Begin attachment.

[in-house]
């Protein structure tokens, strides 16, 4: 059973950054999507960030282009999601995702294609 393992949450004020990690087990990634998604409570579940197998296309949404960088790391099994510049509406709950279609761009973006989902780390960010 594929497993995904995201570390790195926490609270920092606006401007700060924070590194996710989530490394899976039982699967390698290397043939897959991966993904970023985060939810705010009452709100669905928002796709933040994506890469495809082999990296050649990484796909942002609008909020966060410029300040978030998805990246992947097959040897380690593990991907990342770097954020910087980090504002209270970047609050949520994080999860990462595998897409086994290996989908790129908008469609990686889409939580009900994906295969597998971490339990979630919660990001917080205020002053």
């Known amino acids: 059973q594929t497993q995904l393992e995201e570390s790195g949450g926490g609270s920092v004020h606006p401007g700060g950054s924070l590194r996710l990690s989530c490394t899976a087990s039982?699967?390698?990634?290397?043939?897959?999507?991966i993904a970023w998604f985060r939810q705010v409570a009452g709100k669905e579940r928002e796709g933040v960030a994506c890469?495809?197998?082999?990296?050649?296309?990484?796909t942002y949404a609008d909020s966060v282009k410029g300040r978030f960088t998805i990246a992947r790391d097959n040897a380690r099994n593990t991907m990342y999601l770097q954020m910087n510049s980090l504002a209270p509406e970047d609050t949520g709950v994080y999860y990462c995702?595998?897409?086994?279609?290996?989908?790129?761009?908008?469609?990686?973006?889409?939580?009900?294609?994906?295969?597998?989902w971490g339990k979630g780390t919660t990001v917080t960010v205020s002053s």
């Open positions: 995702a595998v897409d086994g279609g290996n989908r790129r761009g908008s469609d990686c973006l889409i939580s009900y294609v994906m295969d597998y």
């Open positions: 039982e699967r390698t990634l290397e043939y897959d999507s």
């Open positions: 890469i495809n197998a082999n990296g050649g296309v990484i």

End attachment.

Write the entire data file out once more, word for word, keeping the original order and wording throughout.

[in-house]
């Protein structure tokens, strides 16, 4: 059973950054999507960030282009999601995702294609 393992949450004020990690087990990634998604409570579940197998296309949404960088790391099994510049509406709950279609761009973006989902780390960010 594929497993995904995201570390790195926490609270920092606006401007700060924070590194996710989530490394899976039982699967390698290397043939897959991966993904970023985060939810705010009452709100669905928002796709933040994506890469495809082999990296050649990484796909942002609008909020966060410029300040978030998805990246992947097959040897380690593990991907990342770097954020910087980090504002209270970047609050949520994080999860990462595998897409086994290996989908790129908008469609990686889409939580009900994906295969597998971490339990979630919660990001917080205020002053």
């Known amino acids: 059973q594929t497993q995904l393992e995201e570390s790195g949450g926490g609270s920092v004020h606006p401007g700060g950054s924070l590194r996710l990690s989530c490394t899976a087990s039982?699967?390698?990634?290397?043939?897959?999507?991966i993904a970023w998604f985060r939810q705010v409570a009452g709100k669905e579940r928002e796709g933040v960030a994506c890469?495809?197998?082999?990296?050649?296309?990484?796909t942002y949404a609008d909020s966060v282009k410029g300040r978030f960088t998805i990246a992947r790391d097959n040897a380690r099994n593990t991907m990342y999601l770097q954020m910087n510049s980090l504002a209270p509406e970047d609050t949520g709950v994080y999860y990462c995702?595998?897409?086994?279609?290996?989908?790129?761009?908008?469609?990686?973006?889409?939580?009900?294609?994906?295969?597998?989902w971490g339990k979630g780390t919660t990001v917080t960010v205020s002053s």
């Open positions: 995702a595998v897409d086994g279609g290996n989908r790129r761009g908008s469609d990686c973006l889409i939580s009900y294609v994906m295969d597998y």
């Open positions: 039982e699967r390698t990634l290397e043939y897959d999507s």
């Open positions: 890469i495809n197998a082999n990296g050649g296309v990484i």